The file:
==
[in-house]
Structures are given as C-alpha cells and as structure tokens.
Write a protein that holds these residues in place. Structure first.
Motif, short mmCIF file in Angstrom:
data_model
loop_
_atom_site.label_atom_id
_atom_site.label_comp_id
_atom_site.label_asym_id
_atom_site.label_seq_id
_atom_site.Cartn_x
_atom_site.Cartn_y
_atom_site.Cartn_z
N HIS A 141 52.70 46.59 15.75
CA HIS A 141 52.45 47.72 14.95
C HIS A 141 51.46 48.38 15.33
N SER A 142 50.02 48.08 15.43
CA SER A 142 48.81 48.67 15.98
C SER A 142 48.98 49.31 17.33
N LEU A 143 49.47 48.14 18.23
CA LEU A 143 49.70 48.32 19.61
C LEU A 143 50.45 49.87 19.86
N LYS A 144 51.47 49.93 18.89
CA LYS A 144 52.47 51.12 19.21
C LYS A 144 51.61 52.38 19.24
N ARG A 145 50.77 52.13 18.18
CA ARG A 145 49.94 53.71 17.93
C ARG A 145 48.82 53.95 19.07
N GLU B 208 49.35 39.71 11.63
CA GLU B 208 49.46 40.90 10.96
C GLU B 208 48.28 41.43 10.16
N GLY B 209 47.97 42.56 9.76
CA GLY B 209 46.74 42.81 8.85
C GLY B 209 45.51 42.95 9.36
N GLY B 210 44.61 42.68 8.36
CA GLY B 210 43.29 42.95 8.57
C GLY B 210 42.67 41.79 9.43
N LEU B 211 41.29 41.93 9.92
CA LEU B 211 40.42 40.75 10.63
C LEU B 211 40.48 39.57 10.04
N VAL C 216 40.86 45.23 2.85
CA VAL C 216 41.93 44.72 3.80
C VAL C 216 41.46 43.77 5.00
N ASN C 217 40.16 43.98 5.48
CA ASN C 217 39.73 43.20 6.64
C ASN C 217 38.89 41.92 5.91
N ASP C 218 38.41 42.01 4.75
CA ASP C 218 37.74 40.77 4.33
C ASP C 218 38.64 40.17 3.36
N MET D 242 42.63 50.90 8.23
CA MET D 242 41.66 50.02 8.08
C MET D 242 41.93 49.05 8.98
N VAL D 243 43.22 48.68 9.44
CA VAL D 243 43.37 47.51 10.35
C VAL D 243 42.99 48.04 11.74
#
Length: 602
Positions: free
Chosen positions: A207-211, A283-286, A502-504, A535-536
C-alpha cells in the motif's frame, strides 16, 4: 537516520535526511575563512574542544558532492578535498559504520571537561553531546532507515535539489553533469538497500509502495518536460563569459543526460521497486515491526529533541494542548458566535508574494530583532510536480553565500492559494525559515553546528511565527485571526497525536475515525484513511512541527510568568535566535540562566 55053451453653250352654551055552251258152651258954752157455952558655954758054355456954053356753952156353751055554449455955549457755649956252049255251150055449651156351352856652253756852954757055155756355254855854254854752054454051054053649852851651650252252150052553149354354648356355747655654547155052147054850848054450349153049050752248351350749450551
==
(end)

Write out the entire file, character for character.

[in-house]
Structures are given as C-alpha cells and as structure tokens.
Write a protein that holds these residues in place. Structure first.
Motif, short mmCIF file in Angstrom:
data_model
loop_
_atom_site.label_atom_id
_atom_site.label_comp_id
_atom_site.label_asym_id
_atom_site.label_seq_id
_atom_site.Cartn_x
_atom_site.Cartn_y
_atom_site.Cartn_z
N HIS A 141 52.70 46.59 15.75
CA HIS A 141 52.45 47.72 14.95
C HIS A 141 51.46 48.38 15.33
N SER A 142 50.02 48.08 15.43
CA SER A 142 48.81 48.67 15.98
C SER A 142 48.98 49.31 17.33
N LEU A 143 49.47 48.14 18.23
CA LEU A 143 49.70 48.32 19.61
C LEU A 143 50.45 49.87 19.86
N LYS A 144 51.47 49.93 18.89
CA LYS A 144 52.47 51.12 19.21
C LYS A 144 51.61 52.38 19.24
N ARG A 145 50.77 52.13 18.18
CA ARG A 145 49.94 53.71 17.93
C ARG A 145 48.82 53.95 19.07
N GLU B 208 49.35 39.71 11.63
CA GLU B 208 49.46 40.90 10.96
C GLU B 208 48.28 41.43 10.16
N GLY B 209 47.97 42.56 9.76
CA GLY B 209 46.74 42.81 8.85
C GLY B 209 45.51 42.95 9.36
N GLY B 210 44.61 42.68 8.36
CA GLY B 210 43.29 42.95 8.57
C GLY B 210 42.67 41.79 9.43
N LEU B 211 41.29 41.93 9.92
CA LEU B 211 40.42 40.75 10.63
C LEU B 211 40.48 39.57 10.04
N VAL C 216 40.86 45.23 2.85
CA VAL C 216 41.93 44.72 3.80
C VAL C 216 41.46 43.77 5.00
N ASN C 217 40.16 43.98 5.48
CA ASN C 217 39.73 43.20 6.64
C ASN C 217 38.89 41.92 5.91
N ASP C 218 38.41 42.01 4.75
CA ASP C 218 37.74 40.77 4.33
C ASP C 218 38.64 40.17 3.36
N MET D 242 42.63 50.90 8.23
CA MET D 242 41.66 50.02 8.08
C MET D 242 41.93 49.05 8.98
N VAL D 243 43.22 48.68 9.44
CA VAL D 243 43.37 47.51 10.35
C VAL D 243 42.99 48.04 11.74
#
Length: 602
Positions: free
Chosen positions: A207-211, A283-286, A502-504, A535-536
C-alpha cells in the motif's frame, strides 16, 4: 537516520535526511575563512574542544558532492578535498559504520571537561553531546532507515535539489553533469538497500509502495518536460563569459543526460521497486515491526529533541494542548458566535508574494530583532510536480553565500492559494525559515553546528511565527485571526497525536475515525484513511512541527510568568535566535540562566 55053451453653250352654551055552251258152651258954752157455952558655954758054355456954053356753952156353751055554449455955549457755649956252049255251150055449651156351352856652253756852954757055155756355254855854254854752054454051054053649852851651650252252150052553149354354648356355747655654547155052147054850848054450349153049050752248351350749450551